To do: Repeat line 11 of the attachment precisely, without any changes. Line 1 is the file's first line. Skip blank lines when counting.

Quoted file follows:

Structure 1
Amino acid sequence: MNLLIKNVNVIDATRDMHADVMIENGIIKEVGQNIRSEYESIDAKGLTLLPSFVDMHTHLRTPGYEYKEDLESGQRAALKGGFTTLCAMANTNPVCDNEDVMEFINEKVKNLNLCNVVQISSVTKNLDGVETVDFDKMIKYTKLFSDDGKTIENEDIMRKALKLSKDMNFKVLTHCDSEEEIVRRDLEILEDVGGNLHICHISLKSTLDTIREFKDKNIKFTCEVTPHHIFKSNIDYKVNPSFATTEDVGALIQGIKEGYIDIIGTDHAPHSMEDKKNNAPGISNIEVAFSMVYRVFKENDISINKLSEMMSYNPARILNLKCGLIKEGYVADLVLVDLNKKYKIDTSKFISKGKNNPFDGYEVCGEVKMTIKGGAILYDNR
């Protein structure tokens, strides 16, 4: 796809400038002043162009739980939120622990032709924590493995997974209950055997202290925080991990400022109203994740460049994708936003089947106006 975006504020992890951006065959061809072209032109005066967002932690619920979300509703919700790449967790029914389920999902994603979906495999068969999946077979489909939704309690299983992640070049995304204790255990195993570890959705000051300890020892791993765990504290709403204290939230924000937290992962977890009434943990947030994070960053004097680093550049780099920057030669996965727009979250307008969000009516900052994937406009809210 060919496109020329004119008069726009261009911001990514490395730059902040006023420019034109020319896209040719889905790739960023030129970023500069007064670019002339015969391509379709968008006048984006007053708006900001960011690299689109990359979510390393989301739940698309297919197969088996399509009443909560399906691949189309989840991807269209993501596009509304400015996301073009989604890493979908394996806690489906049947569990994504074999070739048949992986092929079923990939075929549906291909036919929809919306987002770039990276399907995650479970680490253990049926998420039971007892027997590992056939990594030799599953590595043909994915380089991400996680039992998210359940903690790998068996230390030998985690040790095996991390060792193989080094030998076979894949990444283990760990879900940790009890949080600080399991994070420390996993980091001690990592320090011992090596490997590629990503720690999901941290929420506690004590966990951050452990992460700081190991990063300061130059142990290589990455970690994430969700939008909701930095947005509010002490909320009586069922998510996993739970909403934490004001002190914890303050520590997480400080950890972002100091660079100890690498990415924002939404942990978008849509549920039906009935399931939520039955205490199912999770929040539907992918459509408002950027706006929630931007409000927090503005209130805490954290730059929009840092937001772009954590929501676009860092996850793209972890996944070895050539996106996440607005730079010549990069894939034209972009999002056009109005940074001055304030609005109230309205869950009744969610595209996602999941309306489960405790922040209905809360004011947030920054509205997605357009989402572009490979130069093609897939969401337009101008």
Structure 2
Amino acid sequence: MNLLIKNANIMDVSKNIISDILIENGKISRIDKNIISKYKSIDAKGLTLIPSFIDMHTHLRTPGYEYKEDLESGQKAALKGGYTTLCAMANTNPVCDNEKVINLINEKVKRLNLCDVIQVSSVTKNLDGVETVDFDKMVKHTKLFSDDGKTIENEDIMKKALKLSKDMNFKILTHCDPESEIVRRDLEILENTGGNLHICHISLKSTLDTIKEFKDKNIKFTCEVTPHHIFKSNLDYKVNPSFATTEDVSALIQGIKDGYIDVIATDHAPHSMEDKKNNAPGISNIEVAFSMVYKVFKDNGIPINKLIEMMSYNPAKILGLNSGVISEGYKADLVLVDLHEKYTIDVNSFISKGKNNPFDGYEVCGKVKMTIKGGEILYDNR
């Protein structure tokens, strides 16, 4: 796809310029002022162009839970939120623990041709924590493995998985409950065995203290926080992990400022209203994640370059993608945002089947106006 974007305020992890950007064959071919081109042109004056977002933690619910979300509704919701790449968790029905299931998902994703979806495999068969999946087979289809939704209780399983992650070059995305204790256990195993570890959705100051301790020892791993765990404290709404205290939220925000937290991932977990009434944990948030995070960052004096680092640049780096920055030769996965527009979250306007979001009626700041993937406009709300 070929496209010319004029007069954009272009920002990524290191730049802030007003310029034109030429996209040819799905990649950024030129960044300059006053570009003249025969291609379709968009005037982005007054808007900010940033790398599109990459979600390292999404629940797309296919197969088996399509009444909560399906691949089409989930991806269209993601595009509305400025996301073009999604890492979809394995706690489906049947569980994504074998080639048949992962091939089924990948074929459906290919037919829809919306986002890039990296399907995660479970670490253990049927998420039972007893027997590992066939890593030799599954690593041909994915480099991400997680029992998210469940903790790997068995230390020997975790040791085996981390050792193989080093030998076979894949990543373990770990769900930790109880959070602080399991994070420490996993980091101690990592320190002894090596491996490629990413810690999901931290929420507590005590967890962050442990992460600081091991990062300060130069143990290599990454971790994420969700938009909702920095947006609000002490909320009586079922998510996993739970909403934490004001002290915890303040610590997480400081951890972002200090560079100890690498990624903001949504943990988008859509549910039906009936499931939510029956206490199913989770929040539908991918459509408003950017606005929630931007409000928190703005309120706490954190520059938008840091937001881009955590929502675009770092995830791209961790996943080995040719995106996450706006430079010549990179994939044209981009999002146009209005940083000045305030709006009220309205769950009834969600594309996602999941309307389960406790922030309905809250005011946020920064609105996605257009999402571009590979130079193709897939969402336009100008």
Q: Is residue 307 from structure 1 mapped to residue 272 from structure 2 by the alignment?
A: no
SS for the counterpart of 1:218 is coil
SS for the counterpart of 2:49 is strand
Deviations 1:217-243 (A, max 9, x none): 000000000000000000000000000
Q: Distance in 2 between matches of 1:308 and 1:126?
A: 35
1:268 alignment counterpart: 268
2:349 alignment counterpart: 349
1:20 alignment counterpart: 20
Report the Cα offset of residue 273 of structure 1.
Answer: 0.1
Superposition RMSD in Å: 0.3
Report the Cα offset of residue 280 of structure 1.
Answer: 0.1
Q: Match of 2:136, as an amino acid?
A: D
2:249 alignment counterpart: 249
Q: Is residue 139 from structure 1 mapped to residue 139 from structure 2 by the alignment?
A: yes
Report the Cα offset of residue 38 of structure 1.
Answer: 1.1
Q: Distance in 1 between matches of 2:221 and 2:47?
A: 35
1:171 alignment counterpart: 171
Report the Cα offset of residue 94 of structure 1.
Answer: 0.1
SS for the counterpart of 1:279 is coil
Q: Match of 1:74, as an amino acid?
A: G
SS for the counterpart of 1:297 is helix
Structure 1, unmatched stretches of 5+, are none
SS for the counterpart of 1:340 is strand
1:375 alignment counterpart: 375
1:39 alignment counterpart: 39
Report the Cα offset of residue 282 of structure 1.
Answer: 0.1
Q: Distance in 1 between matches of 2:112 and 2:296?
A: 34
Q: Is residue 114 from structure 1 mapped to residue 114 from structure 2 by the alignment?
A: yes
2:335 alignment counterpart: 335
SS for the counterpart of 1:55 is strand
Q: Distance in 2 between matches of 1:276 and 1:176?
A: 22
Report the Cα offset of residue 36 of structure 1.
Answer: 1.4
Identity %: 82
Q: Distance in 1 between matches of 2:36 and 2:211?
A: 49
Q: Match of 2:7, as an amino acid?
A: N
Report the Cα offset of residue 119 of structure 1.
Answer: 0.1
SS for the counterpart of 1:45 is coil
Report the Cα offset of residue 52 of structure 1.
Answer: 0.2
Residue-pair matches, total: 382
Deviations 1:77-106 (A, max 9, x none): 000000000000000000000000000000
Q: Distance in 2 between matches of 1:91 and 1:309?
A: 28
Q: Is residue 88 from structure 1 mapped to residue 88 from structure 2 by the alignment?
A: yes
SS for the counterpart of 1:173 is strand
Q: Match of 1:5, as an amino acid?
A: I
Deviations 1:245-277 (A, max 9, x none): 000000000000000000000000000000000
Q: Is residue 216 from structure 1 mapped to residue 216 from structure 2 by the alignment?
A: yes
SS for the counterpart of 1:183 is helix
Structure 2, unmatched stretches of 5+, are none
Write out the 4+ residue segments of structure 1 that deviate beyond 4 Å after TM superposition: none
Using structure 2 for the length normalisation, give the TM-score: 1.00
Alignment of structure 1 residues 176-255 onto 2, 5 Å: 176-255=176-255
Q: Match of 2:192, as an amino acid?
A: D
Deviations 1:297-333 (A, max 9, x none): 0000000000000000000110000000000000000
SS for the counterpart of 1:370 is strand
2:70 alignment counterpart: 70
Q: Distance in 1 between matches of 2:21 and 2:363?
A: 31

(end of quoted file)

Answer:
Deviations 1:217-243 (A, max 9, x none): 000000000000000000000000000